I love furniture with a story. Take this table, for example.
It was sitting abandoned and lonely outside on a deck when I discovered it. Its owners told me I could keep it if I wanted.
I did. In fact, I was in love at first site.
I fell in love with the fact that it had been someone’s Grandma’s.
I loved its natural crackle finish, evidence of long-gone drop leaves, and its petite size with pretty legs.
Most recently, it has sat under the windows in our townhouse living room. It’s where I sit daily and work on this little blog business of mine.
It was time to give this pretty lady a little spiff up.
After all the steps were finished, this is how she looks now. (Oh, how I love her…)
It was a process that involved steps for the table top ~ stripping, staining and sealing, along with completely different steps for the apron and legs ~ painting, distressing, glazing, and waxing.
Since I don’t want this blog post to be the length of a novel, today we’ll deal with the table top steps ~ stripping, staining, and sealing. I’ll be back another day to share the how to details for the apron and legs.
(Edited: Find Part 2 “Painting the Farmhouse Table” here)
Strip Paint off Wood Tabletop
Paint Stripper ~ I used EZ Stripper
Cheap Chip Brush (that you can throw out when finished)
Metal Scrubbing Pads
Paint Scraper Tool
An old container to place the stripped paint in
1. Using rubber gloves, paint on a thick layer of furniture stripper.
I purchased EZ Stripper for this step as it was the only one I could find in our local store that claimed to be eco-friendly with water clean-up. It said it was safe to use indoors (a big plus for me!), so I decided to give it a try.
Unlike the really smelly and caustic strippers I used before, this stripper never indicated the paint lifting (like bubbling up). Per the instructions, I left the stripper on about 1 hour before I started scraping. I knew there were at least 4 layers of paint, so it had a big job to get through all those layers!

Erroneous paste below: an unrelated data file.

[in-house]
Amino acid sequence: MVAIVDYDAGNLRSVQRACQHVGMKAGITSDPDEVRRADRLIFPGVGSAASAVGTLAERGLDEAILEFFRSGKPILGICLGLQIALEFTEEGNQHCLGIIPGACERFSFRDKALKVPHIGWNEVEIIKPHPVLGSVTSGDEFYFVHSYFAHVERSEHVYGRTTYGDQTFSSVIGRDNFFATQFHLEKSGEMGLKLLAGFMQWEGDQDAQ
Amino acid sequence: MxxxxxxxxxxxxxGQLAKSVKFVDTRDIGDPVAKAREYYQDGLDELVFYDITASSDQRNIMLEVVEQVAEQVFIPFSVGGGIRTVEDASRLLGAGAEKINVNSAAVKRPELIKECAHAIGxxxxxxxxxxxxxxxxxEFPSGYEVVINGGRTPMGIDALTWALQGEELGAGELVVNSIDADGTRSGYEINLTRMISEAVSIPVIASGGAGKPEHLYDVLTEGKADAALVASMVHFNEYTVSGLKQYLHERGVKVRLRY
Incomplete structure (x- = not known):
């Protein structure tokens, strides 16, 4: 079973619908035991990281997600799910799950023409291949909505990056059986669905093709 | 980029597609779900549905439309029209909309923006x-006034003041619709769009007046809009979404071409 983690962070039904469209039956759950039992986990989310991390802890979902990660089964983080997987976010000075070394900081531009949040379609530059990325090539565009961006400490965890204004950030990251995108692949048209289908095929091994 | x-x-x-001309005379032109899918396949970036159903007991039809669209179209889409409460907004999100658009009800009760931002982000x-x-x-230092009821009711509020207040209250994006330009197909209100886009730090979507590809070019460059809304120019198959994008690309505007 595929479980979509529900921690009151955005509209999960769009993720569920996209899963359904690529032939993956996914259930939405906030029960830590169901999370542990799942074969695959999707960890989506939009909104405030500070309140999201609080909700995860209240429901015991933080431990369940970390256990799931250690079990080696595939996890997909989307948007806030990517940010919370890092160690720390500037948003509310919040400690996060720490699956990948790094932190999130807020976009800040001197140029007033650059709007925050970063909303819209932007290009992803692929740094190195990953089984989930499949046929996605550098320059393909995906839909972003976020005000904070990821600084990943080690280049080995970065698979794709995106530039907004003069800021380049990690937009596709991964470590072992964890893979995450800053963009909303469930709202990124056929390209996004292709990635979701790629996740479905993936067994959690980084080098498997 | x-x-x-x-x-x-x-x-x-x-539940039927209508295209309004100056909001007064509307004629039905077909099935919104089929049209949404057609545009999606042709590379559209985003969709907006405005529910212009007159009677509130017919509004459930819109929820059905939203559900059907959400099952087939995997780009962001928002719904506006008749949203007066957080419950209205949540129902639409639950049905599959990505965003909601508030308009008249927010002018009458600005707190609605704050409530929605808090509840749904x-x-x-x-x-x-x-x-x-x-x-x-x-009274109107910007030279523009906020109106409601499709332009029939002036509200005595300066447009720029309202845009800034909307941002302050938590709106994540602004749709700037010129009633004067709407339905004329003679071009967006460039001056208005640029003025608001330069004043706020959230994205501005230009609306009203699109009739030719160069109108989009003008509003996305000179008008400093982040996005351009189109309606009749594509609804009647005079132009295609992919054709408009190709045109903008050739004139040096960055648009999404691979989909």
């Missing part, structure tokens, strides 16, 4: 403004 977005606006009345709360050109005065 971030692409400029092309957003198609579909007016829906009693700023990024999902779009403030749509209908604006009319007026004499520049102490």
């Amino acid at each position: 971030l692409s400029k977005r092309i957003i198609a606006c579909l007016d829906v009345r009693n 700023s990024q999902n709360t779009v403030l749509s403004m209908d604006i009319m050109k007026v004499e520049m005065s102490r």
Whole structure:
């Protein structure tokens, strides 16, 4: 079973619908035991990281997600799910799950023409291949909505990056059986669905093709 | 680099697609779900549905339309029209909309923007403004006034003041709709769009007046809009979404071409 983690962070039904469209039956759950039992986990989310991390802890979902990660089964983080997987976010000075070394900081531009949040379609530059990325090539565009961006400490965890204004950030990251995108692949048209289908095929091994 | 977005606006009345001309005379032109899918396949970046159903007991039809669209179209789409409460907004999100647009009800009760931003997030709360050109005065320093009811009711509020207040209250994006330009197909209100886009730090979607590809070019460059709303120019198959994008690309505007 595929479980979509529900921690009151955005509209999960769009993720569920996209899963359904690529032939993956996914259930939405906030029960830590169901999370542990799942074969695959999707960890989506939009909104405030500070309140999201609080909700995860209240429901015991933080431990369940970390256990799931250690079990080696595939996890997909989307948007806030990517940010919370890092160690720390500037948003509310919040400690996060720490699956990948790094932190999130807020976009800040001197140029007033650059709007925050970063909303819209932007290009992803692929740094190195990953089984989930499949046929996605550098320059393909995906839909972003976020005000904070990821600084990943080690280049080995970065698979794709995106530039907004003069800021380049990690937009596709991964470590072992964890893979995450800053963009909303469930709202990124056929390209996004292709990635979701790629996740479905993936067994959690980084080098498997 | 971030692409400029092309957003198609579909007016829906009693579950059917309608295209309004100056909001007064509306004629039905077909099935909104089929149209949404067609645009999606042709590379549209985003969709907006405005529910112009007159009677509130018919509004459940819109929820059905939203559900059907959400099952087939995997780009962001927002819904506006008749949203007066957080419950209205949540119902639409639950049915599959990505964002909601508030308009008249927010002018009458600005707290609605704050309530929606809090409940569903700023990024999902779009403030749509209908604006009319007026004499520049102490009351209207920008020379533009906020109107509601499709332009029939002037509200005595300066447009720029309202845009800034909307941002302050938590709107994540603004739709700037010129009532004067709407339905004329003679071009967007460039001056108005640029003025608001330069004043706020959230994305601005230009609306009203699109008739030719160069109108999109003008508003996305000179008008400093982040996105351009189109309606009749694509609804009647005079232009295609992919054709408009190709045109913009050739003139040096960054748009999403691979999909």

2. Scrape off paint layers and deposit them in an old container to throw out.
Once the time was up, I started scraping with my favorite scraping tool (see it in the video below). I developed a way to angle the scraper so that it would best scrape up the most. I’ll admit, though, I had to put a lot of muscle in it.
The picture above shows what the table looked like after one coat of stripper. The yellow that you see is the original (lead paint) and the wood is just peaking through.
I repeated that process two more times until I could get as much paint as possible off.
When I finished, I wiped down the table with a wet rag and dried it with a dry rag.
Here is a short facebook live showing the last stripping I did before moving on to the sanding stage:
Sand the wood down well
When the paint is stripped off with the furniture stripper, clean the table well (this was a water cleanup product), let it dry, and sand it down.
We took the table outside for this step. Using the random orbital sander, we started with 220 grit sandpaper and worked it over the table top and edges. The sanding step takes off even more bits of paint, and worked especially well on the sides and front.
Because this table is so old and dinged up, there was no way that I could get every little drop and ding free of paint. I decided to leave it as it was ~ full of history, character, and lots of imperfections!
Stain the top
Before I could begin the process of staining the table, I first needed to choose a color of stain. I struggled to know which one to choose, so I did up a sample board of stain colors that we already had on hand. Since the table top was fir (my husband told me:), I did the stain samples on a fir board, too.
Seeing the stain on the wood itself helped me choose the color direction to go. I wanted to match the office chair as close as possible, so in the end, the decision was Mission Oak.
Apply stain (on the clean, dry surface) with a brush and immediately wipe off with a lint free rag.
I found that I needed to work quickly for this step. I didn’t have time to grab my camera and take pictures as I worked! I didn’t want the color to go too dark, so I wiped it off really quickly after I applied it, rubbing in well so that the wood grain showed through.
If you want the wood stain to be darker, you can let it sit on the surface and soak in a bit, and then wipe it off.
Seal the top
Once all that work has been done, the surface will need to be sealed so that it will be protected from stains and dings.
I chose to use a matte finish (which is not shiny at all). If you want a different sheen option, there is also satin, semi-gloss, and gloss (each getting more and more shiny).
Following the directions on the can, I stirred the product well (don’t shake it and make air bubbles!) and brushed on one coat with a sponge brush. If this table were going to get a lot of heavy duty use, I would have probably done multiple coats of this finish. But, for now, I just went with one ~ and I love it!
I’ll be back later to share the details of how I painted the legs and apron ~ without losing its historical crackle finish.
PS. This was this week’s project for the One Room Challenge.
To see previous posts on our Townhouse with Farmhouse Style Living Room Makeover, see them here: